FIG. 2 illustrates latch 10 in greater detail. A detailed explanation of the mechanical components of a latch assembly can be found in U.S. Pat. No. 5,277,461 to Dzurko et al. which issued Jan. 11, 1994 and is commonly assigned.
Latch assembly 10 includes bolt 22 which is pivotally mounted on pin 21. Bolt 22 includes aperture 20 which receives striker 12 when vehicle door 52 is closed.
The closing of vehicle door 52 results in engagement between striker 12 and bolt 22. During closing, engagement results in clockwise rotation of bolt 22 as striker 12 enters aperture 20 and hook 23 captures striker 12. Closing of door 52 results in rotation of bolt 22 between the open unlatched position shown in FIG. 2 (and in phantom in FIG. 3), and the fully closed primary latched position shown in FIG. 3. When in the fully closed primary latched position, bolt 22 is held against rotation by detent lever 27, shown in FIG. 2.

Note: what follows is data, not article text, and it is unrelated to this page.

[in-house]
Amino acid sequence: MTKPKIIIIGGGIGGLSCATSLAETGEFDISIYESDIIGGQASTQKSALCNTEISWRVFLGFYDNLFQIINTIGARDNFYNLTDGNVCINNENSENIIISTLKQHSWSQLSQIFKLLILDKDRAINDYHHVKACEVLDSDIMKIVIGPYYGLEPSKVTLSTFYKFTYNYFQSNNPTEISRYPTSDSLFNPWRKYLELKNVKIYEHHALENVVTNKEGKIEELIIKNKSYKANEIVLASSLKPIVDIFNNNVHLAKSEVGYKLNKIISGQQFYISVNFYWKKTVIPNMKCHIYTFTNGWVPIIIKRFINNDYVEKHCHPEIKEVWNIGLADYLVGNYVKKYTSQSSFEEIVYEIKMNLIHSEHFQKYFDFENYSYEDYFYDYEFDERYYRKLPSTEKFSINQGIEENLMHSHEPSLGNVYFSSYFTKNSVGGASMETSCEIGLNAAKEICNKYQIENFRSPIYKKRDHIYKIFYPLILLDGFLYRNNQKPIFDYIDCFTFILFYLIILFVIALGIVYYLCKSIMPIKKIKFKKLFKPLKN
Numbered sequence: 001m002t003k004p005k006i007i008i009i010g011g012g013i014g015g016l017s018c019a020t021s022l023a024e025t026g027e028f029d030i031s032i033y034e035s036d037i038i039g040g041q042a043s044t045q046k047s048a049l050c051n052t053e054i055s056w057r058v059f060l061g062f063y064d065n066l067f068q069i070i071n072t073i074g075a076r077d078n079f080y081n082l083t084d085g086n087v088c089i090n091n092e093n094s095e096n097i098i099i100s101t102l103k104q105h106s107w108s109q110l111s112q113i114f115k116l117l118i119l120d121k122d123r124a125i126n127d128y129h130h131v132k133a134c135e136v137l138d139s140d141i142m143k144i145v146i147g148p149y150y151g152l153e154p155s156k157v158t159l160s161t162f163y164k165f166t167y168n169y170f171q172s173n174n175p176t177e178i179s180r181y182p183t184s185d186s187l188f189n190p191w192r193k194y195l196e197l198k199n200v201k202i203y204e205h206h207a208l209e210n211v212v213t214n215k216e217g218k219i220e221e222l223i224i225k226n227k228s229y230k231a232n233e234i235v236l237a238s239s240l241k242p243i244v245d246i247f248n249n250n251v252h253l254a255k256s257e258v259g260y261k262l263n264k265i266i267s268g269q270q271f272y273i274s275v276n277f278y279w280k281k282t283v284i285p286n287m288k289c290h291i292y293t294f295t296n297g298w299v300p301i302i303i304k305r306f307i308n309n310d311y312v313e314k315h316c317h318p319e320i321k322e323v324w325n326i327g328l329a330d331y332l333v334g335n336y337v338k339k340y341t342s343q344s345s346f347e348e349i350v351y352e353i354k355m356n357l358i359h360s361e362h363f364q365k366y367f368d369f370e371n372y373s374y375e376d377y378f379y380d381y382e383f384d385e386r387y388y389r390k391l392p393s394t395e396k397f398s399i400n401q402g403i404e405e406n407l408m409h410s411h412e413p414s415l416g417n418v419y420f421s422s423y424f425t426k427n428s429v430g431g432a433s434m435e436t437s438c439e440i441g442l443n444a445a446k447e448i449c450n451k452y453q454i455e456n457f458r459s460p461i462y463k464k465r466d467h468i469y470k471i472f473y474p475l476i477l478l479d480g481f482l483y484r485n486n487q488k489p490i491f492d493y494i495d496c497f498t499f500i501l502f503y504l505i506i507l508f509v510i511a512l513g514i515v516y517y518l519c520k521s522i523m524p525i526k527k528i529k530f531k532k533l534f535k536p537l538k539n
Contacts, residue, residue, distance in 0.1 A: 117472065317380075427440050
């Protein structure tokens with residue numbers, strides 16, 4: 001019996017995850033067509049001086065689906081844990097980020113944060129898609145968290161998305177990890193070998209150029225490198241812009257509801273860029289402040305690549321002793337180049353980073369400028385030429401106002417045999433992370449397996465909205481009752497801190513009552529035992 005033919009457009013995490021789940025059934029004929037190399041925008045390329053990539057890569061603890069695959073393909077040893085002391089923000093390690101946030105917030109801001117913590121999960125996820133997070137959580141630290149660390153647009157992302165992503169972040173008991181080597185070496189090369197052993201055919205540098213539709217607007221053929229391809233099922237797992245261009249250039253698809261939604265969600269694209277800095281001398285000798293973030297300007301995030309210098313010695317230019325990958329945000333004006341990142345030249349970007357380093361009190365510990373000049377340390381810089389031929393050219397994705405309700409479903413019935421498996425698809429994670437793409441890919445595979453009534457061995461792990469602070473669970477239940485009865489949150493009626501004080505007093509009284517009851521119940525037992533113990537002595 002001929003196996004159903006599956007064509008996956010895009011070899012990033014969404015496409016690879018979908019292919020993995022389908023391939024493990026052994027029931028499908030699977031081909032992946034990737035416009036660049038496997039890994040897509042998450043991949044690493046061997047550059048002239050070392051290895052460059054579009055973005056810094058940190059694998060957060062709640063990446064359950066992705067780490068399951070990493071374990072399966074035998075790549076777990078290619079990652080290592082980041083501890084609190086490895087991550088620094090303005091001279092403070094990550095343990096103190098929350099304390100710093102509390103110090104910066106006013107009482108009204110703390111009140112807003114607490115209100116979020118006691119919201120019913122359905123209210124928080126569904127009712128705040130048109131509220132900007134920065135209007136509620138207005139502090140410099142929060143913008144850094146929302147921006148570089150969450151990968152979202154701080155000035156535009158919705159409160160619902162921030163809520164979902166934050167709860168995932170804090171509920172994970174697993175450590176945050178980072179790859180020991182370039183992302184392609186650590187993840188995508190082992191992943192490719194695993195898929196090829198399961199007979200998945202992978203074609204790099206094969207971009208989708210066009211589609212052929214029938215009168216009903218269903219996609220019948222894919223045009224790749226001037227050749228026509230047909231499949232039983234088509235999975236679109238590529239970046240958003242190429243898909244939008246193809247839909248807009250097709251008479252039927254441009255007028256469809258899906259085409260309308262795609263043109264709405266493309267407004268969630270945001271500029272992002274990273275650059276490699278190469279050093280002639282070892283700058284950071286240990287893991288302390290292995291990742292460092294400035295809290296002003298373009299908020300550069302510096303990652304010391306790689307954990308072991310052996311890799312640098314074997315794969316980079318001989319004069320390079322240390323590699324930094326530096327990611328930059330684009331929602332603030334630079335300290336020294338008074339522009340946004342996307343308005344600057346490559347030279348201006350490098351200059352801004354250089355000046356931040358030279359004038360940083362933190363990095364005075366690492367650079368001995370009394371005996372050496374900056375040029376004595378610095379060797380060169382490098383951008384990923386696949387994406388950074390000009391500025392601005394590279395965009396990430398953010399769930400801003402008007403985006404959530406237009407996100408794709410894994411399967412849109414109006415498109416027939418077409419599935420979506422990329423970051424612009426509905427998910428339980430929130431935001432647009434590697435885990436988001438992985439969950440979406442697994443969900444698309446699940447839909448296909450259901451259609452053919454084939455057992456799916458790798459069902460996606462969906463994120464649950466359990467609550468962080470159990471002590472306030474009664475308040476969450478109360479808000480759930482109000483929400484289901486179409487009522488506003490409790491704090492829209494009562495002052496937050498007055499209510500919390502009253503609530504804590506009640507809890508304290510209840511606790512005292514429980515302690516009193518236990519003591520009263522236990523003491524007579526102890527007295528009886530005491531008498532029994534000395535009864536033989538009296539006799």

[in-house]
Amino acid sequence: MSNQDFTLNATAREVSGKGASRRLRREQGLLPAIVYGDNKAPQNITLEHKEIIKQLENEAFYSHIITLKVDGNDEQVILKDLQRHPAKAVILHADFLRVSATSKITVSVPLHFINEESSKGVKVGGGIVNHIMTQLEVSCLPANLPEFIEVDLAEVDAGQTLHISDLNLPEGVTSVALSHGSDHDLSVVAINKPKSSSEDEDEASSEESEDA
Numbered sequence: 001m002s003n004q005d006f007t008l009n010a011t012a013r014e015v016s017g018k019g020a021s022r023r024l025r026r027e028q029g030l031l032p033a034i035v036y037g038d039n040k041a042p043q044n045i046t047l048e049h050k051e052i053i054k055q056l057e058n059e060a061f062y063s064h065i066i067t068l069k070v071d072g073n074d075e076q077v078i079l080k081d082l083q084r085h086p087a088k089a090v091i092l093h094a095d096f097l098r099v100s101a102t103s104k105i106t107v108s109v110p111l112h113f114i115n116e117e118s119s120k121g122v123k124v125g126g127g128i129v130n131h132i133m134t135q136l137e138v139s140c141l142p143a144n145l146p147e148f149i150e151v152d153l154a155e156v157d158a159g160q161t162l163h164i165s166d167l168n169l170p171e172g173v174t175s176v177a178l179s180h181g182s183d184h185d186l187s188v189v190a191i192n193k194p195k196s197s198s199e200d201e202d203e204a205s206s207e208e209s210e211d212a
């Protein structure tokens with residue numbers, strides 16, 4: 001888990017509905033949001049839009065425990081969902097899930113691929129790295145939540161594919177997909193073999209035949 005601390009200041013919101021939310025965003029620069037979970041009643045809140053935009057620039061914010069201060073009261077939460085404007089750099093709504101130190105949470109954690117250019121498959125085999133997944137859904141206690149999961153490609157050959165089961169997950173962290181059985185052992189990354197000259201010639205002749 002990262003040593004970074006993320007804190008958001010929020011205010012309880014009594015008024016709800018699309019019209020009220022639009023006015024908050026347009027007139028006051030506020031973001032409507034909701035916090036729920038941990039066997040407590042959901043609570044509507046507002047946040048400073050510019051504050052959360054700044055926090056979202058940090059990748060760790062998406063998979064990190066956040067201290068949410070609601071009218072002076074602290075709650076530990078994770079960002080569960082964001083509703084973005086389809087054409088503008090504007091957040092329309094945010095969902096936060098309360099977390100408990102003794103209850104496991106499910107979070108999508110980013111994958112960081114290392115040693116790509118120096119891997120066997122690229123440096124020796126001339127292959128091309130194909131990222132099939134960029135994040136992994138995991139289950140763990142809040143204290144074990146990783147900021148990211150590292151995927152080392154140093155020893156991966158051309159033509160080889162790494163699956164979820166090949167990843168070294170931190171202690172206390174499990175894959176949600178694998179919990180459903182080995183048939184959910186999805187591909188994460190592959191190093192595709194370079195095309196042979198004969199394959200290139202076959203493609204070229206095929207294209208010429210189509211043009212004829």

FIG. 3 illustrates the engagement between the door latch integral dampener and bolt 22. The integral dampener is comprised of projection 30 and abutment 32. Both projection 30 and abutment 32 are preferably integrally molded with plastic housing 35 and project therefrom. When in the fully closed primary latched position, bolt 22 engages the integral dampener comprising projection 30 and abutment 32 of housing 35.